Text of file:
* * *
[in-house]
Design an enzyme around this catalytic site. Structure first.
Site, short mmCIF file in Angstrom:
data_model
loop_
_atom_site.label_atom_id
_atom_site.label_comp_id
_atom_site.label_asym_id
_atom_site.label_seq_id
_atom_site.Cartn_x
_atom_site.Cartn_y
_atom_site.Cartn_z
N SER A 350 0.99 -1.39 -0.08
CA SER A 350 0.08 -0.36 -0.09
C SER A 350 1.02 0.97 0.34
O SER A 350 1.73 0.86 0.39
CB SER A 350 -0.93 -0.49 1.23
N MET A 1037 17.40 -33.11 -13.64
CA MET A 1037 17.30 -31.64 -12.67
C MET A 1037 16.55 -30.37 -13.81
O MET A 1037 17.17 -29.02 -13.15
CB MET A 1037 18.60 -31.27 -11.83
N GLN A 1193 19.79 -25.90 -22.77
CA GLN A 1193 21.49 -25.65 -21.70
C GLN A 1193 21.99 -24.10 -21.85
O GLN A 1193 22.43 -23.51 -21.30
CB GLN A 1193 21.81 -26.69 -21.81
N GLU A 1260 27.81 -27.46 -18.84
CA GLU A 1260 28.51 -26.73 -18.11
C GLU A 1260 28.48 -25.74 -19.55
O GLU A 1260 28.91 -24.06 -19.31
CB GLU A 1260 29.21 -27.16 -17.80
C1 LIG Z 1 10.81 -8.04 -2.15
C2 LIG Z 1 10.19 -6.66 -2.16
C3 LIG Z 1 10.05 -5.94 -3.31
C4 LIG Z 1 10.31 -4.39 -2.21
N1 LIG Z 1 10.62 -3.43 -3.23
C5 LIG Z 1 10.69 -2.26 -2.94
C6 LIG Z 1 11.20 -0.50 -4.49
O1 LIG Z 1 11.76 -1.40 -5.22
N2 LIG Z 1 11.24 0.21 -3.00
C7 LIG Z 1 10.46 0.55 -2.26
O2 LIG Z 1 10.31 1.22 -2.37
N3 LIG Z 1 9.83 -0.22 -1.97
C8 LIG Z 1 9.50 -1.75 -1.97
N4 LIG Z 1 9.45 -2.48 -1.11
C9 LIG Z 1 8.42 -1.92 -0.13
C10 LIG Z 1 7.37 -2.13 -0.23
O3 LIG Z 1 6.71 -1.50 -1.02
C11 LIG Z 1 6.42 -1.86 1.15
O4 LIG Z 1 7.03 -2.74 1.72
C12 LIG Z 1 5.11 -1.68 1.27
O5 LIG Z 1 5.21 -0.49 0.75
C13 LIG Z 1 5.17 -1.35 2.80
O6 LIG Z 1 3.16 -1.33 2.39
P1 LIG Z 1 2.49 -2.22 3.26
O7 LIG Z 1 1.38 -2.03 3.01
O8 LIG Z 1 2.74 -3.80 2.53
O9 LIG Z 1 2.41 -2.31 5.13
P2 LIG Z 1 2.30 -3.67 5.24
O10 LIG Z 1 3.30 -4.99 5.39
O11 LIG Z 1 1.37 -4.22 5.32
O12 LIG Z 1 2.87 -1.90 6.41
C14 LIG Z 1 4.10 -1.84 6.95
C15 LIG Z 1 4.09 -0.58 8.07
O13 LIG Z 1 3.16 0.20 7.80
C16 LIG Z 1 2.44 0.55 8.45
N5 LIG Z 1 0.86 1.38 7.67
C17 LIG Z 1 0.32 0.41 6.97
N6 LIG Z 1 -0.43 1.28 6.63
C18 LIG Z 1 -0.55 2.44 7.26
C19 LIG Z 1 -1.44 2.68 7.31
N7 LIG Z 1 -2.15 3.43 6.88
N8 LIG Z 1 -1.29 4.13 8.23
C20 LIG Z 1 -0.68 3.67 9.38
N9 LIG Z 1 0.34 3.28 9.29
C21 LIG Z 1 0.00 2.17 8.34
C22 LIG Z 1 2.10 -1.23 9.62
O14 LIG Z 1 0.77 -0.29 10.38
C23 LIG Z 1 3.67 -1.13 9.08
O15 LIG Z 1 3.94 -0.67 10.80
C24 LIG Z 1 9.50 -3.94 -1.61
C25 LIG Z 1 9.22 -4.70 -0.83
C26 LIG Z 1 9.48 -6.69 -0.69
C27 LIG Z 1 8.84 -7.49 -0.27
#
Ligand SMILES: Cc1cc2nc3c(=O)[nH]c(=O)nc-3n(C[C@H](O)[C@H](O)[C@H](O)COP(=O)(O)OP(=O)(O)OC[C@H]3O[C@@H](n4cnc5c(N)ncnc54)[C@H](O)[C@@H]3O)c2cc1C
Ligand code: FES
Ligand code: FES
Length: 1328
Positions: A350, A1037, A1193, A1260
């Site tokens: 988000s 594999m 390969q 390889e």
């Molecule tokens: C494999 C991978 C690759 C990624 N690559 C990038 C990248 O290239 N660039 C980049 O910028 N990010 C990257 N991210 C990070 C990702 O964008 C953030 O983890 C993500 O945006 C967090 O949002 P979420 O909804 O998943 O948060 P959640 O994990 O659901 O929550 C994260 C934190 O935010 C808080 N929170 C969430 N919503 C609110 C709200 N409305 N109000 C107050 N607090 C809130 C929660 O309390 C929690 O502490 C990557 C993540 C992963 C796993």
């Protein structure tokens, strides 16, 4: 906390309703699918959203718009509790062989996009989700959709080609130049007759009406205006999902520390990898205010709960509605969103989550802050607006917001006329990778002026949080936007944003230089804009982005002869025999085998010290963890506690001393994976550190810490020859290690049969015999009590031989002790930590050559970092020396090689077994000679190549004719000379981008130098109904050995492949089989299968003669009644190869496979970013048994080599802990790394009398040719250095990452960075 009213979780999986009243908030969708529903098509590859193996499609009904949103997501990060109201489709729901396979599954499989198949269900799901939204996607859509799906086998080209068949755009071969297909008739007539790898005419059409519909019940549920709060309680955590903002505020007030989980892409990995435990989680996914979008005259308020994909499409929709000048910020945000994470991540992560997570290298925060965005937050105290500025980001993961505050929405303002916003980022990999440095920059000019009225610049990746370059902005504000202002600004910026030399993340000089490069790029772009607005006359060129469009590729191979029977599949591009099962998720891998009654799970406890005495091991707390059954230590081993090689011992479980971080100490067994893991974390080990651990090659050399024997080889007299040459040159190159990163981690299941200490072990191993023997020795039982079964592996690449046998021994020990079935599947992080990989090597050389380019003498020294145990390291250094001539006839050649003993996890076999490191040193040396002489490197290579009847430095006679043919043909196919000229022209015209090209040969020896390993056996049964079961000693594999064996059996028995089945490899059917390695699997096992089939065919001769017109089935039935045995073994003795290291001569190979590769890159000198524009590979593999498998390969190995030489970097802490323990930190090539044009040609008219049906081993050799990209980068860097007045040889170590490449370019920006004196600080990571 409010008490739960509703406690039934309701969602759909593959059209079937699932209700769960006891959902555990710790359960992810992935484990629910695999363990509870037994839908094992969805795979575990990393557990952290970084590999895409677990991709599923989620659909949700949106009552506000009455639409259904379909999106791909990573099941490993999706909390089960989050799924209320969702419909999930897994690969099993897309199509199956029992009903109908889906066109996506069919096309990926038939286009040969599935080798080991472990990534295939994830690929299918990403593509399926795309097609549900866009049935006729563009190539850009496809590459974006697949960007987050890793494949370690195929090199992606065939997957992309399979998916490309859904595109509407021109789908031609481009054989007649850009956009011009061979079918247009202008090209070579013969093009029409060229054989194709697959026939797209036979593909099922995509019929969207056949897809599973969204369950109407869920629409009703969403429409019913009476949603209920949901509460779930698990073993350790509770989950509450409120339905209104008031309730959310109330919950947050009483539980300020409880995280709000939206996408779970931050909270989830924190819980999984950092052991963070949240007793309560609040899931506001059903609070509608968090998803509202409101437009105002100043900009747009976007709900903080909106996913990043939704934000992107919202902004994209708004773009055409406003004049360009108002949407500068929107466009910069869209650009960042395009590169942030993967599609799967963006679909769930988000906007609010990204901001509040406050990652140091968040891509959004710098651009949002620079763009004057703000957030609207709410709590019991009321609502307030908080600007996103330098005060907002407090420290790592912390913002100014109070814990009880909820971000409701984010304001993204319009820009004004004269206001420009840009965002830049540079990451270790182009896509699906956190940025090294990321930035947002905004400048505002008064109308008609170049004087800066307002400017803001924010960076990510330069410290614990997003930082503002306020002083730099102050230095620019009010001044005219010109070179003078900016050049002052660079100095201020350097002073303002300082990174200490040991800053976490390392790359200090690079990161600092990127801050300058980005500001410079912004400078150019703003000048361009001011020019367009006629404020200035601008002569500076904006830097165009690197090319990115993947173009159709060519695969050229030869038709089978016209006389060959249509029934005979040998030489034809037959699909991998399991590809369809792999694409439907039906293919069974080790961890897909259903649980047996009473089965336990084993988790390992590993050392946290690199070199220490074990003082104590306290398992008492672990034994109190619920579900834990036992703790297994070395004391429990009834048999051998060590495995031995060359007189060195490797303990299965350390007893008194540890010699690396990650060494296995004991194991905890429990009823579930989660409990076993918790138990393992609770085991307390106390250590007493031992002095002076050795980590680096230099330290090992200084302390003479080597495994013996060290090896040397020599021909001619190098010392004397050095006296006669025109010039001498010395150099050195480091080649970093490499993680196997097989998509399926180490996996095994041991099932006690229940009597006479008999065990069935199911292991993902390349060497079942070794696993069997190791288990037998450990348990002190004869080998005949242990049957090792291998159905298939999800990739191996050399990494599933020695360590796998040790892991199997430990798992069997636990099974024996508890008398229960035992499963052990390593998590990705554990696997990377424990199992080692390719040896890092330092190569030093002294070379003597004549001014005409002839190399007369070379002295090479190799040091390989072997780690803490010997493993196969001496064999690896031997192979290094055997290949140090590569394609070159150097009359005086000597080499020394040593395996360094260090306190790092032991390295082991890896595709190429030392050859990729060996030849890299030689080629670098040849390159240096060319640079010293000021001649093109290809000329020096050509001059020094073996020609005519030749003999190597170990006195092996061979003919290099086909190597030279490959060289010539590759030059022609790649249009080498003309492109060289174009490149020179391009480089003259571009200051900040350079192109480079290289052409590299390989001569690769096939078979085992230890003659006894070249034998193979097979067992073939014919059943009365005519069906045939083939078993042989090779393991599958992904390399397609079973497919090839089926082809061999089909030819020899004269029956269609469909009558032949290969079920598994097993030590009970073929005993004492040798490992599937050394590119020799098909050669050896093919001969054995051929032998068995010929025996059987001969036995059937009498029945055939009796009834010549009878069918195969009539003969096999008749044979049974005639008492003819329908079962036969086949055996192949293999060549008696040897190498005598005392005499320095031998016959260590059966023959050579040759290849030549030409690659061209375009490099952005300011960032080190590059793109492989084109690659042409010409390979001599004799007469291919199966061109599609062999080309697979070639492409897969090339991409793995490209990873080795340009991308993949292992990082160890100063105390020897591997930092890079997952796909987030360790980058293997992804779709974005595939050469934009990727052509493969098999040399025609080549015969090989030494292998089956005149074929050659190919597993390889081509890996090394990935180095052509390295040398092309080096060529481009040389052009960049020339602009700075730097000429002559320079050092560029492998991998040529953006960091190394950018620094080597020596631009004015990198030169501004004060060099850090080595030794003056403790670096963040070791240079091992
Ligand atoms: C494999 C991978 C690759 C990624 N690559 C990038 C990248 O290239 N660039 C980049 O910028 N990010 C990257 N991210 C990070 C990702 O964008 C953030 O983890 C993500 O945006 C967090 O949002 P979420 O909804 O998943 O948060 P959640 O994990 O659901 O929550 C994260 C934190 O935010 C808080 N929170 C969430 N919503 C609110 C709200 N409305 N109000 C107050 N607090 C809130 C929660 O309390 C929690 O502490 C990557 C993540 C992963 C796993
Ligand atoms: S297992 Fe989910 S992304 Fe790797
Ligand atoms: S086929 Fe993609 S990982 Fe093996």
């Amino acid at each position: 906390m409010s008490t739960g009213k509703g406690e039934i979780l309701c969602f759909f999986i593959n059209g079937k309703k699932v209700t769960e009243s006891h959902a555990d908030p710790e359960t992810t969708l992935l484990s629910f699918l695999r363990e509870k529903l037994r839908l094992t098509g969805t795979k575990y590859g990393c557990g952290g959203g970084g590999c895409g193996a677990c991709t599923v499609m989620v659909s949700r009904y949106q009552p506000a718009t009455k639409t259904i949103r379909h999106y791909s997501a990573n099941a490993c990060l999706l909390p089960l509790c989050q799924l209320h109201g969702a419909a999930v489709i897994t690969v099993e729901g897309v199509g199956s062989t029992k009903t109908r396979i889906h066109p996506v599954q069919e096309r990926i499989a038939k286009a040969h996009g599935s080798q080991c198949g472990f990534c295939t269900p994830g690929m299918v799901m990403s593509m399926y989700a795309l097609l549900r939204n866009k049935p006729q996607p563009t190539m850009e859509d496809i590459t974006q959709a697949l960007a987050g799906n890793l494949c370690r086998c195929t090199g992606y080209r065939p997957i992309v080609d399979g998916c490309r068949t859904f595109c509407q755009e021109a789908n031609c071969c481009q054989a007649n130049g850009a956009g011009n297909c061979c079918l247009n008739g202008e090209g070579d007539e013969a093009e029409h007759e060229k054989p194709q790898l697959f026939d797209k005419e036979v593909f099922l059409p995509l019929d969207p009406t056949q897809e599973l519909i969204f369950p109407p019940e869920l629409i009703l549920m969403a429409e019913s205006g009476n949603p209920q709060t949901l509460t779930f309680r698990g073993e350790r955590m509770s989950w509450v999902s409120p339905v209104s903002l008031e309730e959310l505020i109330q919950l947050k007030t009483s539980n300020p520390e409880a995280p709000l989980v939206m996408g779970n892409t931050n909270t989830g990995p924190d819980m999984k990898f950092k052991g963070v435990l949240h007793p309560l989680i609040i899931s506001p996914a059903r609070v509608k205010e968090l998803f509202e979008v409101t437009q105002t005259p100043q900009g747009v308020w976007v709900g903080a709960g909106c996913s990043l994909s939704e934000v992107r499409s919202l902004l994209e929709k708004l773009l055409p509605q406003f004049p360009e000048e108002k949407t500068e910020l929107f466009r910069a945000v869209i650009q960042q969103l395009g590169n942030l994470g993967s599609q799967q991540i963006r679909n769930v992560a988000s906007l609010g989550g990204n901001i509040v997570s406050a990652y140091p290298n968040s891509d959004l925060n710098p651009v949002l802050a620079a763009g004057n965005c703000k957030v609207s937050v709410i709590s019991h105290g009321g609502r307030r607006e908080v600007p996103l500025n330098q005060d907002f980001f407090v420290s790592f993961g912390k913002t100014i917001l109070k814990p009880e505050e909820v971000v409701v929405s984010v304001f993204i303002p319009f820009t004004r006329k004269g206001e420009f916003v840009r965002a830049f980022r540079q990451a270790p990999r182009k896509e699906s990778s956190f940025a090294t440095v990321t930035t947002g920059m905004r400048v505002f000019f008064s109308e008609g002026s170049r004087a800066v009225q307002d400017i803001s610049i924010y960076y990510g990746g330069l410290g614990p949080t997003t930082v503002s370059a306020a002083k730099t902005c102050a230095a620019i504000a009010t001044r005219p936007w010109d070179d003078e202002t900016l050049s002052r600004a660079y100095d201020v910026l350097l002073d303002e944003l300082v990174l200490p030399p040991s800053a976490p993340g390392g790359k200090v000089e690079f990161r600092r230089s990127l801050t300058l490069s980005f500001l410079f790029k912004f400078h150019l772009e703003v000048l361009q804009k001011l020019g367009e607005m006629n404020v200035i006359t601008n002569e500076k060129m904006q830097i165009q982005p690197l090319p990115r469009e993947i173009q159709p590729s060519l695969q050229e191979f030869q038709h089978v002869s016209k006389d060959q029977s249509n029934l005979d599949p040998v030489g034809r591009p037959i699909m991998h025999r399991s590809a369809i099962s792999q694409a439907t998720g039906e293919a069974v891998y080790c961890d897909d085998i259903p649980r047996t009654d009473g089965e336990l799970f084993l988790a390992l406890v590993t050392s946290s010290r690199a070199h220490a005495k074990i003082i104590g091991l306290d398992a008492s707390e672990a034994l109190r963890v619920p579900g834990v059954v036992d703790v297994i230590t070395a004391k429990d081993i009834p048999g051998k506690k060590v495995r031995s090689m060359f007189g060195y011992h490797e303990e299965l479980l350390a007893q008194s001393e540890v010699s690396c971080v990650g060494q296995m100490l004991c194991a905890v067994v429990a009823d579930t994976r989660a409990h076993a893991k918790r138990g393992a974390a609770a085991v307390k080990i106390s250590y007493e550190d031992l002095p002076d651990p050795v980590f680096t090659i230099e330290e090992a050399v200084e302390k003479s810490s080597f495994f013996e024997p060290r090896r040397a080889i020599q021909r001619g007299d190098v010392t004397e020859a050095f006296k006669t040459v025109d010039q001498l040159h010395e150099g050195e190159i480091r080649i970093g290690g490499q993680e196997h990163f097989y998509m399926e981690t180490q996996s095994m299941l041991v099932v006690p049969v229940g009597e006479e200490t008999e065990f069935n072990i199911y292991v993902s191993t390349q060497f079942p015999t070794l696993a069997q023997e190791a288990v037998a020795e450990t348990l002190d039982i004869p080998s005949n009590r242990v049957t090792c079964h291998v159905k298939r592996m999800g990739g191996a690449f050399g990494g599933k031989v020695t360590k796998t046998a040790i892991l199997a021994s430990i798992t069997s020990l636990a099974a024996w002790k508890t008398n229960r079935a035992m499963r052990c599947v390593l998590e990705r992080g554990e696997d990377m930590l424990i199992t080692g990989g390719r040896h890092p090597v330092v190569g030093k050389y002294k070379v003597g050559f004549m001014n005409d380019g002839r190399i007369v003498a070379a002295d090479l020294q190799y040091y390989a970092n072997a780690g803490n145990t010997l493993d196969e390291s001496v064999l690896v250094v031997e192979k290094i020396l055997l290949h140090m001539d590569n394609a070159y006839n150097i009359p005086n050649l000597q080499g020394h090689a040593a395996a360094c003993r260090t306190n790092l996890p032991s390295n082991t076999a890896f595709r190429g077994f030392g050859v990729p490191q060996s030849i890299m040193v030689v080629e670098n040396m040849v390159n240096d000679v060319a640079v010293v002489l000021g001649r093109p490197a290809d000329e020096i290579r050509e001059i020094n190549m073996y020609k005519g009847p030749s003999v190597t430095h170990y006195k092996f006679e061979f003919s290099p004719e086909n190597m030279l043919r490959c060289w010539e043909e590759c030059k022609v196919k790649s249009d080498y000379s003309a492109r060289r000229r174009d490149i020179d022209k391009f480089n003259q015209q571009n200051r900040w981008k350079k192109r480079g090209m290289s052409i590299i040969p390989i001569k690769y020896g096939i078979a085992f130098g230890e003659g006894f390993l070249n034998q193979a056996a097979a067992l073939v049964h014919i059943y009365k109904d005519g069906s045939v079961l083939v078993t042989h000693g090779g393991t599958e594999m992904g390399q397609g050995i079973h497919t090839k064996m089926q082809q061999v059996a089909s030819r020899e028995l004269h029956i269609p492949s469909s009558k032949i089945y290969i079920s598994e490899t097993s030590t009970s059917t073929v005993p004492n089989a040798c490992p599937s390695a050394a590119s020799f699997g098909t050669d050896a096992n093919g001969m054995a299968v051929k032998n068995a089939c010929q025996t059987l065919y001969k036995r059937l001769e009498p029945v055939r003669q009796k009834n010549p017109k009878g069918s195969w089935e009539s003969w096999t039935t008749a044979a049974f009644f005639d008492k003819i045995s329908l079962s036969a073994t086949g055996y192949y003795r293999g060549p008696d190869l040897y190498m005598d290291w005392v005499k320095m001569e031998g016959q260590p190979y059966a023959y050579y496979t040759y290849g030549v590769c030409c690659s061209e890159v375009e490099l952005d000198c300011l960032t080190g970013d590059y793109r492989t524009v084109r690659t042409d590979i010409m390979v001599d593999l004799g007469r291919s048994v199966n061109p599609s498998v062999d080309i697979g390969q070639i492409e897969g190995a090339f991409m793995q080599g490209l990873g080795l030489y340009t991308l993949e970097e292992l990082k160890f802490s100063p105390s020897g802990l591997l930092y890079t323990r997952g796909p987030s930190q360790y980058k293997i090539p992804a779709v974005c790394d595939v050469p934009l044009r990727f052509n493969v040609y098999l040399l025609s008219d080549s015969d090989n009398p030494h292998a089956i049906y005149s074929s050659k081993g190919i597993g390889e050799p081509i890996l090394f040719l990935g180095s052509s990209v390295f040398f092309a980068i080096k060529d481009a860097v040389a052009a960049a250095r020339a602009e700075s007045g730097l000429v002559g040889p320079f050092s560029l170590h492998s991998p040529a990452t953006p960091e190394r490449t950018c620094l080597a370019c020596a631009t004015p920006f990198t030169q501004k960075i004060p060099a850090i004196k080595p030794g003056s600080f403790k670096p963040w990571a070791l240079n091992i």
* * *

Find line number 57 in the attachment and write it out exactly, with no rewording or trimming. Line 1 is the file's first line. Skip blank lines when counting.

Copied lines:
O7 LIG Z 1 1.38 -2.03 3.01